In short, Hoppe’s reasoning is a mess – a rigorously logical mess, to be sure, but a mess nonetheless.

One could say the same thing about Hoppe as Böhm-Bawerk says about Marx:

His system is not in close touch with the facts.

And:

… he founds it on no firmer ground than a formal dialectic …

And:

The system runs in one direction, facts go in another; and they cross the course of the system sometimes here, sometimes there, and on each occasion the original fault begets a new fault. (Karl Marx and the Close of His System, p. 101; also published in Shorter Classics of Böhm-Bawerk, p. 287.)


[1]) This is a truth with some modification. I don’t know about every country, but Sweden, in the 30 Year War, relied heavily on conscription; recruiters were sent out to the villages in Sweden to pick one soldier from every village. This later was replaced by a standing army system, called “indelningsverket” (there is no good English translation for this term).

[2]) According to Wikipedia, WWII has been the most devastating war in terms of casualties; and WWI takes fifth place. In the places between, Wikipedia lists the An Shi Rebellion in China (755–763), the Mongol conquests of the 13th century, and the Ching dynasty conquest of the Ming dynasty (1616–1662). But I think statistics from those early periods have to be taken with a big grain of salt.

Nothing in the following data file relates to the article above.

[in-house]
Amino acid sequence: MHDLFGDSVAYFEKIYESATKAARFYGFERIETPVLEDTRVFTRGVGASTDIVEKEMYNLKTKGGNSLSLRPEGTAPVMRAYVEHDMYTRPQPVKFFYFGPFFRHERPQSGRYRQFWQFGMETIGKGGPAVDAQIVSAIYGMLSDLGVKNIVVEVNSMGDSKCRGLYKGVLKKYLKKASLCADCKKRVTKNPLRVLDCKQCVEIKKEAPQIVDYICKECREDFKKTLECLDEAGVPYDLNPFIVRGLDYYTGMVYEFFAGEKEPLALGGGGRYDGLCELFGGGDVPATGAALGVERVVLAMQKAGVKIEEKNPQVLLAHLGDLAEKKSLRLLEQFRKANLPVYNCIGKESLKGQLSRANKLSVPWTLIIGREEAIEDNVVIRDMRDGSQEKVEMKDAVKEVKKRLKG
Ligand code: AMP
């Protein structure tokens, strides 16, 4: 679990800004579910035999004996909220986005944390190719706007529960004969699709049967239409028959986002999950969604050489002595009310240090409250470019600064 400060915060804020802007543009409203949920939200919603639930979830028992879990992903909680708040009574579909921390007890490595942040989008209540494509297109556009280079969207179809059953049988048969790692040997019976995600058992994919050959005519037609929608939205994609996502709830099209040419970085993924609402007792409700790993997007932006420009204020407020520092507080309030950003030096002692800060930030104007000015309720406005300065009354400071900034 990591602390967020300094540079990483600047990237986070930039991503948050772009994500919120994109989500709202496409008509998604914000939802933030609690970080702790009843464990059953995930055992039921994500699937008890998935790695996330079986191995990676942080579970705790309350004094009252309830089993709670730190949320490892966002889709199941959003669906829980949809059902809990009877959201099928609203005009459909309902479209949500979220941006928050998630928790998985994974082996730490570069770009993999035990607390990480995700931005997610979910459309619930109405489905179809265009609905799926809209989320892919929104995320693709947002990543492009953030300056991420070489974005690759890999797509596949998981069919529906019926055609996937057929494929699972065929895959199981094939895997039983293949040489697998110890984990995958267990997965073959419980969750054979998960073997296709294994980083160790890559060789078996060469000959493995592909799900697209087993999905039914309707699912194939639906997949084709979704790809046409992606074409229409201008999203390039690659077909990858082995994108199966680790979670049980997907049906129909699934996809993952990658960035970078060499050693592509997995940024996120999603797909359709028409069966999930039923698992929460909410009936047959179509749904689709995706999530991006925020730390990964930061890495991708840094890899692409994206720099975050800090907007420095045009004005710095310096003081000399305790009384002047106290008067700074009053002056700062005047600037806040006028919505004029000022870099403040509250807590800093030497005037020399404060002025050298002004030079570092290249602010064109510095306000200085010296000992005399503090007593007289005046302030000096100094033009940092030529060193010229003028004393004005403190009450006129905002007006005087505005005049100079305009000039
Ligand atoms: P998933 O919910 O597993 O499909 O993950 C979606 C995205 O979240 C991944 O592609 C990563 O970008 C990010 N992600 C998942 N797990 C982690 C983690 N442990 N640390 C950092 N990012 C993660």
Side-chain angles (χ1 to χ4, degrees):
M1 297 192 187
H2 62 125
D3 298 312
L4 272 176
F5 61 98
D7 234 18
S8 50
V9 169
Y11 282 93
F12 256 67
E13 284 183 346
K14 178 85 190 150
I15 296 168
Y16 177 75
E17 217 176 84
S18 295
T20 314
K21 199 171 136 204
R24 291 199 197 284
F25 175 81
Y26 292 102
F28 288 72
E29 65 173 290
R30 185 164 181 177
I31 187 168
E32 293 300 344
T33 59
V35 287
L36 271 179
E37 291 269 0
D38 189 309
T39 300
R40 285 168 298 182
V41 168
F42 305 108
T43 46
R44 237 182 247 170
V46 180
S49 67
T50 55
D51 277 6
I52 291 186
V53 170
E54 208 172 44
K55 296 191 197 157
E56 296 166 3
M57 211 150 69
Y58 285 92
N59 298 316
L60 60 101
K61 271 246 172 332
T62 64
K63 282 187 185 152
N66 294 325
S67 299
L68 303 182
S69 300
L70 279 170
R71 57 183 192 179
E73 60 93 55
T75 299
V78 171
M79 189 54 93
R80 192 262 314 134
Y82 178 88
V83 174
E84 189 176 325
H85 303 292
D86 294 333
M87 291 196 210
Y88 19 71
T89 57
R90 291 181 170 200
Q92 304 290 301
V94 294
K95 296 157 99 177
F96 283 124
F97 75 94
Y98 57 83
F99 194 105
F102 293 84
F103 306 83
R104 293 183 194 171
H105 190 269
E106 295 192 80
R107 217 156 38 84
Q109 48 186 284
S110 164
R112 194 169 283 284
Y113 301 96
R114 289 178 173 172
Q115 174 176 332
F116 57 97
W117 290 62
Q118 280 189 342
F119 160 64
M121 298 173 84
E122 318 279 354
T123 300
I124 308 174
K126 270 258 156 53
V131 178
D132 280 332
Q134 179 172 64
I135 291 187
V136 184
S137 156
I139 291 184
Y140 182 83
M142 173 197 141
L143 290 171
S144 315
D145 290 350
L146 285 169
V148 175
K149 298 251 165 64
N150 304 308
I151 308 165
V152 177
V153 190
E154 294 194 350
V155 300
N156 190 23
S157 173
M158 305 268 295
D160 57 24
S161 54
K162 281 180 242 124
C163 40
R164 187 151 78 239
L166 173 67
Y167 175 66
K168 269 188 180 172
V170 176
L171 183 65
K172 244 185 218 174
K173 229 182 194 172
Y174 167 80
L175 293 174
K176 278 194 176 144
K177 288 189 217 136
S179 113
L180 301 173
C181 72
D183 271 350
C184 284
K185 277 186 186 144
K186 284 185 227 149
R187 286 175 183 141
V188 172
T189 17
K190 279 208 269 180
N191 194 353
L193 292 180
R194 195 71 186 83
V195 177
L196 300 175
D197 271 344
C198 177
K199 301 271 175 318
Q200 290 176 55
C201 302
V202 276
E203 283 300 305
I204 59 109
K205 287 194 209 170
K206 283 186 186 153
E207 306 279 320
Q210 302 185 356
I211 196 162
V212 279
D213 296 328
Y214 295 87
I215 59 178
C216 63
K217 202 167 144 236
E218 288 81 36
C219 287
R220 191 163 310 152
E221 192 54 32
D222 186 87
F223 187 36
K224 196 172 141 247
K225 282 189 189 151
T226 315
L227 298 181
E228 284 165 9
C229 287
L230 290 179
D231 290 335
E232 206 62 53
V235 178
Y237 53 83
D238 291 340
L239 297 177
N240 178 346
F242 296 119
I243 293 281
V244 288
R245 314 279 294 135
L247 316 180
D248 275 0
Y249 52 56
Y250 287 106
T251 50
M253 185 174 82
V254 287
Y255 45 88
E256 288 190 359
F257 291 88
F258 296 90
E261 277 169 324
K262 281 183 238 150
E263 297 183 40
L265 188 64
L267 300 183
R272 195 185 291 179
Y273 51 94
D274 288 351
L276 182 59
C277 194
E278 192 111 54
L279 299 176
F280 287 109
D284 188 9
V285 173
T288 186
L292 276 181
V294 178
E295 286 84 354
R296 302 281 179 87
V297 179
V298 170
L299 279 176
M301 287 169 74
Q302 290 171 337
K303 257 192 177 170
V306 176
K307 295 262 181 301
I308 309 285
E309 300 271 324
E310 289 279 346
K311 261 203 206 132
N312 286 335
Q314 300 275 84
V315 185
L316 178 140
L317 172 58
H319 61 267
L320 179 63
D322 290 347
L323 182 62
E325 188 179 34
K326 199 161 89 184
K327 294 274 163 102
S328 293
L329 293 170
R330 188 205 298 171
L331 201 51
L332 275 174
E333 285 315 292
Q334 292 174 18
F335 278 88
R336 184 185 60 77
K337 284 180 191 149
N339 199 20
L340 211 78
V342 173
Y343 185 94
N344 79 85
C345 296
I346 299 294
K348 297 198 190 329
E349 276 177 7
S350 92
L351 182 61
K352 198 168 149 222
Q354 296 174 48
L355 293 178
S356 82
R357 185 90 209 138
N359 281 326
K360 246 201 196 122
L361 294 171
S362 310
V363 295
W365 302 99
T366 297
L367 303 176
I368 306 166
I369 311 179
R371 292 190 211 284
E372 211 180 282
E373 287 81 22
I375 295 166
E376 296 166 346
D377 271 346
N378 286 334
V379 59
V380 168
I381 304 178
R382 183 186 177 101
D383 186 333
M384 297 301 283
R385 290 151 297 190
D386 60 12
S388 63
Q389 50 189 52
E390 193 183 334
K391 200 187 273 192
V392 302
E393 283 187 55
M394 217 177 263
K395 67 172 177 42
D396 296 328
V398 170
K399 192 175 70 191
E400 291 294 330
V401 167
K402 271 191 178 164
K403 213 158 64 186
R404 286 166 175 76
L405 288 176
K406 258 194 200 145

[3]) Kudos to Henrik Sundholm for marking this very sentence in the margin.

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24 Responses to A Short Word on Hans-Hermann Hoppe

  1. Per Bylund says:

    “nobody, I hope, would claim that our existing democracies are even worse than North Korea or even Saudi Arabia. Hoppe’s reasoning just flies in the face of the facts.”

    This is certainly a cheap shot. I’m sure Hoppe was referring to a comparison between the political systems, i.e. the differences due to the type of political rule (in other words, ceteris paribus). Or does he really say that the thesis monarchy-is-better-than-democracy is always and ever true no matter in what forms?